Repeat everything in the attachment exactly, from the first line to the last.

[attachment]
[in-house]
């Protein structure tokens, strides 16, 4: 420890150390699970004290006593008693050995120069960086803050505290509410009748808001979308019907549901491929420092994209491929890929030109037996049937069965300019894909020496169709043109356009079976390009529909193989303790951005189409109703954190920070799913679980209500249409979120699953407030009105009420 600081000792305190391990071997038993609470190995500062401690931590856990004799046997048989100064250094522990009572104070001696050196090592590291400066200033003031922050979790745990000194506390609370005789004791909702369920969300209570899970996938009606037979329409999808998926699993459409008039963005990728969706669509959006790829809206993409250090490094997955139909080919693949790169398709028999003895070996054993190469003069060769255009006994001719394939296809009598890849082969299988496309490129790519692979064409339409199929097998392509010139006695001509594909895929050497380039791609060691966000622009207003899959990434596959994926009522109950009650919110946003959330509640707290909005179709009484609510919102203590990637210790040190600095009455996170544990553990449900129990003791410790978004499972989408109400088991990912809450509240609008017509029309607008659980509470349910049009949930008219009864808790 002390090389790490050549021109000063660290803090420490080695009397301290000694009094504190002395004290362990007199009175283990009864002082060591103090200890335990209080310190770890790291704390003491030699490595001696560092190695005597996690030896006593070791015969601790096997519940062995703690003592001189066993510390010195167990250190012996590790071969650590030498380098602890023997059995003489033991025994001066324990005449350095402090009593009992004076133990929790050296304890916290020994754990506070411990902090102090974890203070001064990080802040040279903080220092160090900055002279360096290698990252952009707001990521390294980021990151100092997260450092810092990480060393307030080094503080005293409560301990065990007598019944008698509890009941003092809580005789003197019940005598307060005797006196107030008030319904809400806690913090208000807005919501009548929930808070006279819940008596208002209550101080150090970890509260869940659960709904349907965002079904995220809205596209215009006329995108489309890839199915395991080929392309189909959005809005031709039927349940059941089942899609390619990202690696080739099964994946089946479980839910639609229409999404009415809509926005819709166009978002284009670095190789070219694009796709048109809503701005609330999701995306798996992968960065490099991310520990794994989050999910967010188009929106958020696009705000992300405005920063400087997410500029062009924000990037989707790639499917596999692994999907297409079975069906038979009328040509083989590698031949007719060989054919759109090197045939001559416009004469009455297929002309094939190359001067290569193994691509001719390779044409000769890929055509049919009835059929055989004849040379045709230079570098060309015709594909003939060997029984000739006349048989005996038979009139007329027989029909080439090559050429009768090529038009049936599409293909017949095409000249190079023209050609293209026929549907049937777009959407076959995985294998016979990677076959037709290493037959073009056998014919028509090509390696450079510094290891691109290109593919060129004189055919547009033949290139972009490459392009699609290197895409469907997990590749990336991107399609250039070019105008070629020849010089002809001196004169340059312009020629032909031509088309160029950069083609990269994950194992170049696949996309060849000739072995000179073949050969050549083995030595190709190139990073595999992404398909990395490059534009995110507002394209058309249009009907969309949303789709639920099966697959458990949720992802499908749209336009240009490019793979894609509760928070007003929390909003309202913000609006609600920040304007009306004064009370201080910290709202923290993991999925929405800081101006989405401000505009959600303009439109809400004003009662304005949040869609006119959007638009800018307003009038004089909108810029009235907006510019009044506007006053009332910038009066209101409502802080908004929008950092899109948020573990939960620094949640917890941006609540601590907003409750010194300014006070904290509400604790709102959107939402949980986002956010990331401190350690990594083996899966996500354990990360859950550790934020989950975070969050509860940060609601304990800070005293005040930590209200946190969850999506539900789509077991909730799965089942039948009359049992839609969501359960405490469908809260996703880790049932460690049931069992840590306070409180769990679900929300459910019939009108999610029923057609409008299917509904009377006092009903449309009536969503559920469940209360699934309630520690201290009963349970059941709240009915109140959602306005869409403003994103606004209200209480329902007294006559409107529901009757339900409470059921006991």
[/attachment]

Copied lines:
[in-house]
């Protein structure tokens, strides 16, 4: 420890150390699970004290006593008693050995120069960086803050505290509410009748808001979308019907549901491929420092994209491929890929030109037996049937069965300019894909020496169709043109356009079976390009529909193989303790951005189409109703954190920070799913679980209500249409979120699953407030009105009420 600081000792305190391990071997038993609470190995500062401690931590856990004799046997048989100064250094522990009572104070001696050196090592590291400066200033003031922050979790745990000194506390609370005789004791909702369920969300209570899970996938009606037979329409999808998926699993459409008039963005990728969706669509959006790829809206993409250090490094997955139909080919693949790169398709028999003895070996054993190469003069060769255009006994001719394939296809009598890849082969299988496309490129790519692979064409339409199929097998392509010139006695001509594909895929050497380039791609060691966000622009207003899959990434596959994926009522109950009650919110946003959330509640707290909005179709009484609510919102203590990637210790040190600095009455996170544990553990449900129990003791410790978004499972989408109400088991990912809450509240609008017509029309607008659980509470349910049009949930008219009864808790 002390090389790490050549021109000063660290803090420490080695009397301290000694009094504190002395004290362990007199009175283990009864002082060591103090200890335990209080310190770890790291704390003491030699490595001696560092190695005597996690030896006593070791015969601790096997519940062995703690003592001189066993510390010195167990250190012996590790071969650590030498380098602890023997059995003489033991025994001066324990005449350095402090009593009992004076133990929790050296304890916290020994754990506070411990902090102090974890203070001064990080802040040279903080220092160090900055002279360096290698990252952009707001990521390294980021990151100092997260450092810092990480060393307030080094503080005293409560301990065990007598019944008698509890009941003092809580005789003197019940005598307060005797006196107030008030319904809400806690913090208000807005919501009548929930808070006279819940008596208002209550101080150090970890509260869940659960709904349907965002079904995220809205596209215009006329995108489309890839199915395991080929392309189909959005809005031709039927349940059941089942899609390619990202690696080739099964994946089946479980839910639609229409999404009415809509926005819709166009978002284009670095190789070219694009796709048109809503701005609330999701995306798996992968960065490099991310520990794994989050999910967010188009929106958020696009705000992300405005920063400087997410500029062009924000990037989707790639499917596999692994999907297409079975069906038979009328040509083989590698031949007719060989054919759109090197045939001559416009004469009455297929002309094939190359001067290569193994691509001719390779044409000769890929055509049919009835059929055989004849040379045709230079570098060309015709594909003939060997029984000739006349048989005996038979009139007329027989029909080439090559050429009768090529038009049936599409293909017949095409000249190079023209050609293209026929549907049937777009959407076959995985294998016979990677076959037709290493037959073009056998014919028509090509390696450079510094290891691109290109593919060129004189055919547009033949290139972009490459392009699609290197895409469907997990590749990336991107399609250039070019105008070629020849010089002809001196004169340059312009020629032909031509088309160029950069083609990269994950194992170049696949996309060849000739072995000179073949050969050549083995030595190709190139990073595999992404398909990395490059534009995110507002394209058309249009009907969309949303789709639920099966697959458990949720992802499908749209336009240009490019793979894609509760928070007003929390909003309202913000609006609600920040304007009306004064009370201080910290709202923290993991999925929405800081101006989405401000505009959600303009439109809400004003009662304005949040869609006119959007638009800018307003009038004089909108810029009235907006510019009044506007006053009332910038009066209101409502802080908004929008950092899109948020573990939960620094949640917890941006609540601590907003409750010194300014006070904290509400604790709102959107939402949980986002956010990331401190350690990594083996899966996500354990990360859950550790934020989950975070969050509860940060609601304990800070005293005040930590209200946190969850999506539900789509077991909730799965089942039948009359049992839609969501359960405490469908809260996703880790049932460690049931069992840590306070409180769990679900929300459910019939009108999610029923057609409008299917509904009377006092009903449309009536969503559920469940209360699934309630520690201290009963349970059941709240009915109140959602306005869409403003994103606004209200209480329902007294006559409107529901009757339900409470059921006991």